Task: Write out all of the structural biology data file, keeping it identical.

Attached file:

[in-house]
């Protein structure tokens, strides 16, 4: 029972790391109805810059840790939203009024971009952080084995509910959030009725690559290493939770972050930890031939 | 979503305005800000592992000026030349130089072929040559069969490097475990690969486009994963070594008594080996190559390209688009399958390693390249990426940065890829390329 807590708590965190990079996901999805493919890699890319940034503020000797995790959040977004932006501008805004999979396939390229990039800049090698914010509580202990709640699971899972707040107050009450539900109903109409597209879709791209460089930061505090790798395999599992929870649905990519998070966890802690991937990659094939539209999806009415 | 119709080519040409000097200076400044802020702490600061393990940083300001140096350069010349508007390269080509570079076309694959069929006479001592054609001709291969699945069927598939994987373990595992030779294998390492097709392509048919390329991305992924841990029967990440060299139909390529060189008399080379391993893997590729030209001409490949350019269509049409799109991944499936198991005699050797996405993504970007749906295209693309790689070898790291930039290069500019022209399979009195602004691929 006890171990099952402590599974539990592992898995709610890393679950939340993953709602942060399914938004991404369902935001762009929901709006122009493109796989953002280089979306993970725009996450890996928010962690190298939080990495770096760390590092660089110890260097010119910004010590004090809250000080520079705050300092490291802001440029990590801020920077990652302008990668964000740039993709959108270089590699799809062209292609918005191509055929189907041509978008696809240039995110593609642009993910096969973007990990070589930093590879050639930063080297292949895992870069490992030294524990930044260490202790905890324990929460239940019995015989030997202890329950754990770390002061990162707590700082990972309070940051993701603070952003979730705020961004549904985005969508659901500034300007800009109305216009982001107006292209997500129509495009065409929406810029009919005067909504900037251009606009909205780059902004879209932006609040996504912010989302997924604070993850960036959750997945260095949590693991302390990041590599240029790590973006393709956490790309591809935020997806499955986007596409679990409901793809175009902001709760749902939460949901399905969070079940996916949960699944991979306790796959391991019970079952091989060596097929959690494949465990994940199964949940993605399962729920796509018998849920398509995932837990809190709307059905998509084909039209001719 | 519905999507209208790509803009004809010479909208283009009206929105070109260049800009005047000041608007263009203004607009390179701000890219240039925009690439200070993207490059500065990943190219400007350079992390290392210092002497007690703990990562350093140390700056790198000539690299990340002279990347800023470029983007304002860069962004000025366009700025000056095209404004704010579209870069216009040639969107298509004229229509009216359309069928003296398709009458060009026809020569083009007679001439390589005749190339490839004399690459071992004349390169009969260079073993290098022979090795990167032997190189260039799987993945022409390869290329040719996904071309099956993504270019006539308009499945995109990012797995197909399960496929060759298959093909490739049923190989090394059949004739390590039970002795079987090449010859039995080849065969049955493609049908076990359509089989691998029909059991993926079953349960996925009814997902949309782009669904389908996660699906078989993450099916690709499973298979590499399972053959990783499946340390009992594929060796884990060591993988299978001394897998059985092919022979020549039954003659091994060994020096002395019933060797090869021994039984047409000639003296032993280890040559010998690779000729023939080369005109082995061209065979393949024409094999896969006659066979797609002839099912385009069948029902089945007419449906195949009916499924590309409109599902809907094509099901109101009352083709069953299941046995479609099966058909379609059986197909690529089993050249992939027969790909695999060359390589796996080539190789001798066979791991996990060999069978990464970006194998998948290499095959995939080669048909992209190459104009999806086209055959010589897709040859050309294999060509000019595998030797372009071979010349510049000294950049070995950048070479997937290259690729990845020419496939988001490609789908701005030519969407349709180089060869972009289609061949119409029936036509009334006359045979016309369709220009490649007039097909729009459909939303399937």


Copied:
[in-house]
């Protein structure tokens, strides 16, 4: 029972790391109805810059840790939203009024971009952080084995509910959030009725690559290493939770972050930890031939 | 979503305005800000592992000026030349130089072929040559069969490097475990690969486009994963070594008594080996190559390209688009399958390693390249990426940065890829390329 807590708590965190990079996901999805493919890699890319940034503020000797995790959040977004932006501008805004999979396939390229990039800049090698914010509580202990709640699971899972707040107050009450539900109903109409597209879709791209460089930061505090790798395999599992929870649905990519998070966890802690991937990659094939539209999806009415 | 119709080519040409000097200076400044802020702490600061393990940083300001140096350069010349508007390269080509570079076309694959069929006479001592054609001709291969699945069927598939994987373990595992030779294998390492097709392509048919390329991305992924841990029967990440060299139909390529060189008399080379391993893997590729030209001409490949350019269509049409799109991944499936198991005699050797996405993504970007749906295209693309790689070898790291930039290069500019022209399979009195602004691929 006890171990099952402590599974539990592992898995709610890393679950939340993953709602942060399914938004991404369902935001762009929901709006122009493109796989953002280089979306993970725009996450890996928010962690190298939080990495770096760390590092660089110890260097010119910004010590004090809250000080520079705050300092490291802001440029990590801020920077990652302008990668964000740039993709959108270089590699799809062209292609918005191509055929189907041509978008696809240039995110593609642009993910096969973007990990070589930093590879050639930063080297292949895992870069490992030294524990930044260490202790905890324990929460239940019995015989030997202890329950754990770390002061990162707590700082990972309070940051993701603070952003979730705020961004549904985005969508659901500034300007800009109305216009982001107006292209997500129509495009065409929406810029009919005067909504900037251009606009909205780059902004879209932006609040996504912010989302997924604070993850960036959750997945260095949590693991302390990041590599240029790590973006393709956490790309591809935020997806499955986007596409679990409901793809175009902001709760749902939460949901399905969070079940996916949960699944991979306790796959391991019970079952091989060596097929959690494949465990994940199964949940993605399962729920796509018998849920398509995932837990809190709307059905998509084909039209001719 | 519905999507209208790509803009004809010479909208283009009206929105070109260049800009005047000041608007263009203004607009390179701000890219240039925009690439200070993207490059500065990943190219400007350079992390290392210092002497007690703990990562350093140390700056790198000539690299990340002279990347800023470029983007304002860069962004000025366009700025000056095209404004704010579209870069216009040639969107298509004229229509009216359309069928003296398709009458060009026809020569083009007679001439390589005749190339490839004399690459071992004349390169009969260079073993290098022979090795990167032997190189260039799987993945022409390869290329040719996904071309099956993504270019006539308009499945995109990012797995197909399960496929060759298959093909490739049923190989090394059949004739390590039970002795079987090449010859039995080849065969049955493609049908076990359509089989691998029909059991993926079953349960996925009814997902949309782009669904389908996660699906078989993450099916690709499973298979590499399972053959990783499946340390009992594929060796884990060591993988299978001394897998059985092919022979020549039954003659091994060994020096002395019933060797090869021994039984047409000639003296032993280890040559010998690779000729023939080369005109082995061209065979393949024409094999896969006659066979797609002839099912385009069948029902089945007419449906195949009916499924590309409109599902809907094509099901109101009352083709069953299941046995479609099966058909379609059986197909690529089993050249992939027969790909695999060359390589796996080539190789001798066979791991996990060999069978990464970006194998998948290499095959995939080669048909992209190459104009999806086209055959010589897709040859050309294999060509000019595998030797372009071979010349510049000294950049070995950048070479997937290259690729990845020419496939988001490609789908701005030519969407349709180089060869972009289609061949119409029936036509009334006359045979016309369709220009490649007039097909729009459909939303399937």